Last month I had the distinct pleasure of visiting Georgia and North Carolina with key partners in rural health. Our “rural road trip” was a refreshing journey that provided inspiration for philanthropy’s work and a reminder that ensuring better health for all must engage all rural communities.
It was so wonderful to see everyone in Miami at the 2022 Grantmakers In Health annual conference, especially those who joined us for the first time, and to learn more about the work you are doing to achieve better health for all through better philanthropy. The conference occurred at an important moment for our country. As Admiral Rachel Levine, U.S. Assistant Secretary for Health, said during our strategy session on advancing LGBTQ health equity “even after decades of social progress, the most vulnerable among us continue to suffer.” The conference provided an opportunity for us to reconnect, to reflect on the considerable health challenges facing the United States, and to learn and grow together as we explore and share solutions.
Much has changed since Grantmakers In Health (GIH) last convened in 2019. Over the past three years, more than 1 million Americans have lost their lives due to COVID-19. Large cracks in our public health, healthcare systems, and our safety net programs are apparent. In addition, pervasive inequities across all facets of society have increased. The country is divided, and this division continues to hamper our ability to address one of the greatest health challenges our modern world has ever faced.
Aligning Efforts to Achieve Equitable Mental, Emotional, and Behavioral Health and Well-Being for Children and Youth
A mental, emotional, and behavioral (MEB) health crisis among children and youth has emerged due to the COVID-19 pandemic, presenting a significant concern and an opportunity for improving care and support for children and young people. In March 2022, Nemours Children’s Health and Grantmakers In Health cosponsored an invitational virtual meeting of funders focused on opportunities for systems change. Feedback from the convening was used to develop this report, which issues a call to action for philanthropic organizations and public-sector partners that are ready to move forward in improving MEB health. It describes existing philanthropic and federal MEB initiatives based on information gathered from policy scans, interviews, focus groups, and a convening of philanthropic organizations. Finally, it offers a potential portfolio of aligned strategies for private- and public-sector partners to consider.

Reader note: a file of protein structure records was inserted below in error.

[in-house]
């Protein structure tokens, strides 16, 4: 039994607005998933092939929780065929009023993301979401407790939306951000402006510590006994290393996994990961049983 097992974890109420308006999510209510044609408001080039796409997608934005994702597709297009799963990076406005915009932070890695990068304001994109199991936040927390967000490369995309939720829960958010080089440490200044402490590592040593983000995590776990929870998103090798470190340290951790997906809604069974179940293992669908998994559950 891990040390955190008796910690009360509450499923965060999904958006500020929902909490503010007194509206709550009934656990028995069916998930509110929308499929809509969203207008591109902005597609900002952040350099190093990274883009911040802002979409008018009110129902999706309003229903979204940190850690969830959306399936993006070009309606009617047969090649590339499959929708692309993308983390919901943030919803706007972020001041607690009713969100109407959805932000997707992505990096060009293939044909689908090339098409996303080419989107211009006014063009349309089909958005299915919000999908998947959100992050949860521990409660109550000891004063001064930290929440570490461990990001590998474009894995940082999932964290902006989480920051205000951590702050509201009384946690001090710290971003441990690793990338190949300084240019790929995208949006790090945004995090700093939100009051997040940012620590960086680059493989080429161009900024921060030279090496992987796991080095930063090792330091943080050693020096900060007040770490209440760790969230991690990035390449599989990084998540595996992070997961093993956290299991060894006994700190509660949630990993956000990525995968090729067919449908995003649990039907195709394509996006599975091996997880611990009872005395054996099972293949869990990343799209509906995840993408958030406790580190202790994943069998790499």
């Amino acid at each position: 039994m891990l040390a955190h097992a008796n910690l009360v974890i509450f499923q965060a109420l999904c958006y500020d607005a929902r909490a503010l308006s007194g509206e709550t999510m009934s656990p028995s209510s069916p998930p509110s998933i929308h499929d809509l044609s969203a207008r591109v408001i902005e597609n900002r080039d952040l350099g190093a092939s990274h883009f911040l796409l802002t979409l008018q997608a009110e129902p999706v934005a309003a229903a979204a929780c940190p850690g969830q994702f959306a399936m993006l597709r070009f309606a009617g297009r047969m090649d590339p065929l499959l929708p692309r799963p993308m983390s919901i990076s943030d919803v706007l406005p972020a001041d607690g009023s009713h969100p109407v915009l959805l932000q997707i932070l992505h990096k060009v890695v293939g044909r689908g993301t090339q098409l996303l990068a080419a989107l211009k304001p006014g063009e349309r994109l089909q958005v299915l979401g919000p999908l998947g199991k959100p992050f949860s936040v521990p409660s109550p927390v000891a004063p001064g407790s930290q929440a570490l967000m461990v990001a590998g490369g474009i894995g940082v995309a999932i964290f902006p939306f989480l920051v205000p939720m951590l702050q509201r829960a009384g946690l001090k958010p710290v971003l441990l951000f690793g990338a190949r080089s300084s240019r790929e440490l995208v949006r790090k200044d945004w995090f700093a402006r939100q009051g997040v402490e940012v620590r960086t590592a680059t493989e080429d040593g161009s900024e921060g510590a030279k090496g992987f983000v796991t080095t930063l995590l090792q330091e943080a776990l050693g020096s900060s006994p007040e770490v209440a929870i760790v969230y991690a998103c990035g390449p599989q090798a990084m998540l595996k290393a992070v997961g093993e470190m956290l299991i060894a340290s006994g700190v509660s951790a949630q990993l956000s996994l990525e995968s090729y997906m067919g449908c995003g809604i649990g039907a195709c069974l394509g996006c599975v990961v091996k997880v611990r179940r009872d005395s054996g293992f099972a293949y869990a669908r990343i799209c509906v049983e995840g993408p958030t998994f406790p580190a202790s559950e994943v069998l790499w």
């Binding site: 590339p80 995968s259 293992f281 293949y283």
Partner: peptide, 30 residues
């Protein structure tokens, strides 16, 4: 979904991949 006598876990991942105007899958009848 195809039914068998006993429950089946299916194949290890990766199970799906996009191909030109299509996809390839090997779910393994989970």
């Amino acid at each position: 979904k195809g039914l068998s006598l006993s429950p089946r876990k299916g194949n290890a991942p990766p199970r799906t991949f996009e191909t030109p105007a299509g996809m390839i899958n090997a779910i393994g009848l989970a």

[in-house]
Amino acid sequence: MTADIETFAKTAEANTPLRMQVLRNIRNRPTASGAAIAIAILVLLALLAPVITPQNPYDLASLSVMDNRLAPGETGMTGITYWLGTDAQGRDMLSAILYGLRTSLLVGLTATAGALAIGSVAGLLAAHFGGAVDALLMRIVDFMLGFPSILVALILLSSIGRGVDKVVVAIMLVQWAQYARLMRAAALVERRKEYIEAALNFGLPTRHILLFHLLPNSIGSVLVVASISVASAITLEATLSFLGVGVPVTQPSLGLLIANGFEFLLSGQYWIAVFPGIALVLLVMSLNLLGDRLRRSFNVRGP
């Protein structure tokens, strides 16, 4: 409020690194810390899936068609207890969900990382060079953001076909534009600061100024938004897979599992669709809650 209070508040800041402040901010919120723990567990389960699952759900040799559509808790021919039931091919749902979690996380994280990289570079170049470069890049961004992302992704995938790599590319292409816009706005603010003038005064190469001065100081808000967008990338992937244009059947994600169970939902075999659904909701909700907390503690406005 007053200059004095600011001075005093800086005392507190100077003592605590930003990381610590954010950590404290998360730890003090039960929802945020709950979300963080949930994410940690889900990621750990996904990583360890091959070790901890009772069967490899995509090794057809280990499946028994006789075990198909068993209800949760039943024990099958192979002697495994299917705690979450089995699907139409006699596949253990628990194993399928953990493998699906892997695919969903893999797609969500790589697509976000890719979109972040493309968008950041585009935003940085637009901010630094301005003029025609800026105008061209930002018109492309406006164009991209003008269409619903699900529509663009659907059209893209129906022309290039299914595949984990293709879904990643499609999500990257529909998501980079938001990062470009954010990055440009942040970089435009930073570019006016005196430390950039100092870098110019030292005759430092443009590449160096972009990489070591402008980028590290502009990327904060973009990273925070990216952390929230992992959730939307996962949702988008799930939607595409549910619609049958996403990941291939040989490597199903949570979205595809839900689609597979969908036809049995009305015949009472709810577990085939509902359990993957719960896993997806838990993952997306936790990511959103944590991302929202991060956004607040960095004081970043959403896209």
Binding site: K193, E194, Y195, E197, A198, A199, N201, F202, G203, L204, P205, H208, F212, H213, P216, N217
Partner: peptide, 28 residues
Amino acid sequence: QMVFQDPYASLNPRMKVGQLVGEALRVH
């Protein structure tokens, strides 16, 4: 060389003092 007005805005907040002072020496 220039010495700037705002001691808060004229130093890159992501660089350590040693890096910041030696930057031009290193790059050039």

May is Asian American Pacific Islander heritage month, celebrating the fastest-growing racial group in the United States. Recent priorities for grantmakers have focused on racial equity, health and well-being, and immigrant rights. Yet, investments for Asian American, Native Hawaiian, and Pacific Islanders (AANHPIs) have been under-resourced and deprioritized, receiving only 0.26 percent of philanthropic dollars and 0.17 percent of research funding from the National Institutes of Health.
To better understand how philanthropy has responded to these challenges over the course of the pandemic, Grantmakers In Health and Grantmakers In Aging launched a joint survey in November 2021 to learn how health and aging funders are addressing COVID-19 related needs among older adult populations and potential long-term impacts on future grantmaking.
April marks National Minority Health Month. It is a time for us to educate ourselves on the health challenges facing communities of color and other vulnerable populations, and to reflect on the progress we have made towards advancing health equity and what more we must do to ensure everyone has a fair and just opportunity to be as healthy as possible.
What is the civic health of the communities you serve? Are community members equitably engaged in democratic processes and civic life? How might increased levels of civic engagement influence the distribution of public sector resources, population health outcomes, and health inequities? Is it possible to imagine transformative changes in community health absent a meaningful shift in community power and civic participation?
Last year, New York State passed the most sweeping parole reform measure in the country. The Less Is More Community Supervision Revocation Reform Act has far-reaching implications for the health and liberty of tens of thousands of people every year, by making critical changes in how the state handles noncriminal violations of parole conditions.